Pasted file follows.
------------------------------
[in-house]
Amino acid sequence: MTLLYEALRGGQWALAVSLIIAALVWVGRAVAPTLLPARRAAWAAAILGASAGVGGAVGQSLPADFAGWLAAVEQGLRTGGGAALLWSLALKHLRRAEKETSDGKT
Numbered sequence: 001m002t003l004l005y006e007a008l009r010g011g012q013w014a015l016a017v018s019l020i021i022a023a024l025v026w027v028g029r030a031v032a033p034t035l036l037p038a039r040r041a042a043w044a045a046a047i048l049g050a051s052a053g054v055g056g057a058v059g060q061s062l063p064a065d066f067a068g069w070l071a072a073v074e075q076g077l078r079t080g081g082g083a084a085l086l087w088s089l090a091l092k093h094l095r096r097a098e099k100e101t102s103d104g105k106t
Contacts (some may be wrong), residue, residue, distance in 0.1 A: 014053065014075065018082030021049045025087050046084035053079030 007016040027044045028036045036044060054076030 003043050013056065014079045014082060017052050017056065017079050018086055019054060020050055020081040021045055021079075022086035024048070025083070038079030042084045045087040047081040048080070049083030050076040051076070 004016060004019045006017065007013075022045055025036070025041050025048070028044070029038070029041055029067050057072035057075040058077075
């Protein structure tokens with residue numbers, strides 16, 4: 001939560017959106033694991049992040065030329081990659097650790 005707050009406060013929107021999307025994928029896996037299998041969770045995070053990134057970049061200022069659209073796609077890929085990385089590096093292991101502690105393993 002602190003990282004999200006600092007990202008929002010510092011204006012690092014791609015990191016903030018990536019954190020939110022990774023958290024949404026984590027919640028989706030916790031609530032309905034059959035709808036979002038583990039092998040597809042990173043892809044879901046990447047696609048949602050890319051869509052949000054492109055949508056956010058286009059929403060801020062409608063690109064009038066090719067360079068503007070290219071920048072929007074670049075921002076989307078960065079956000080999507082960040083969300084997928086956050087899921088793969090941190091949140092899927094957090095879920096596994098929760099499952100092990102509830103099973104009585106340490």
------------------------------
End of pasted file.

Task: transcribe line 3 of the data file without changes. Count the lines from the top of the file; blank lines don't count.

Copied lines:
Numbered sequence: 001m002t003l004l005y006e007a008l009r010g011g012q013w014a015l016a017v018s019l020i021i022a023a024l025v026w027v028g029r030a031v032a033p034t035l036l037p038a039r040r041a042a043w044a045a046a047i048l049g050a051s052a053g054v055g056g057a058v059g060q061s062l063p064a065d066f067a068g069w070l071a072a073v074e075q076g077l078r079t080g081g082g083a084a085l086l087w088s089l090a091l092k093h094l095r096r097a098e099k100e101t102s103d104g105k106t